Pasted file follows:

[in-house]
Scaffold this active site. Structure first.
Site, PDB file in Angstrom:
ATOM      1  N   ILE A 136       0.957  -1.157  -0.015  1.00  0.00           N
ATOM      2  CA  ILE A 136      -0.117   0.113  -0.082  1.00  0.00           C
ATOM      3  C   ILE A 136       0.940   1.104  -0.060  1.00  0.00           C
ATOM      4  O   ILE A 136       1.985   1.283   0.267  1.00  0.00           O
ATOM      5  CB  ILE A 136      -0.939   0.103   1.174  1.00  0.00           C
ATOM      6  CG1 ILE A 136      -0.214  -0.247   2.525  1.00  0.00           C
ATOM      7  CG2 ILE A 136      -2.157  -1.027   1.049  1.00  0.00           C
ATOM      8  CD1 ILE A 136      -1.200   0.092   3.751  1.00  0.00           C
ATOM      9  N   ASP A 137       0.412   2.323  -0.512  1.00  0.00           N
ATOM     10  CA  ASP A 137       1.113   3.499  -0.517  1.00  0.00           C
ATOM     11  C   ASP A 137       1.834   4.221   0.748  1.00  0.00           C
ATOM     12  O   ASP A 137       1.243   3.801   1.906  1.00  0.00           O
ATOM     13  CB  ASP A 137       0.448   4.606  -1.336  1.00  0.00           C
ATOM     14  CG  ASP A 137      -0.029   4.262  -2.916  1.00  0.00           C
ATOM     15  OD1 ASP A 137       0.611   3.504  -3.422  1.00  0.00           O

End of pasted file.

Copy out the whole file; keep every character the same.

[in-house]
Scaffold this active site. Structure first.
Site, PDB file in Angstrom:
ATOM      1  N   ILE A 136       0.957  -1.157  -0.015  1.00  0.00           N
ATOM      2  CA  ILE A 136      -0.117   0.113  -0.082  1.00  0.00           C
ATOM      3  C   ILE A 136       0.940   1.104  -0.060  1.00  0.00           C
ATOM      4  O   ILE A 136       1.985   1.283   0.267  1.00  0.00           O
ATOM      5  CB  ILE A 136      -0.939   0.103   1.174  1.00  0.00           C
ATOM      6  CG1 ILE A 136      -0.214  -0.247   2.525  1.00  0.00           C
ATOM      7  CG2 ILE A 136      -2.157  -1.027   1.049  1.00  0.00           C
ATOM      8  CD1 ILE A 136      -1.200   0.092   3.751  1.00  0.00           C
ATOM      9  N   ASP A 137       0.412   2.323  -0.512  1.00  0.00           N
ATOM     10  CA  ASP A 137       1.113   3.499  -0.517  1.00  0.00           C
ATOM     11  C   ASP A 137       1.834   4.221   0.748  1.00  0.00           C
ATOM     12  O   ASP A 137       1.243   3.801   1.906  1.00  0.00           O
ATOM     13  CB  ASP A 137       0.448   4.606  -1.336  1.00  0.00           C
ATOM     14  CG  ASP A 137      -0.029   4.262  -2.916  1.00  0.00           C
ATOM     15  OD1 ASP A 137       0.611   3.504  -3.422  1.00  0.00           O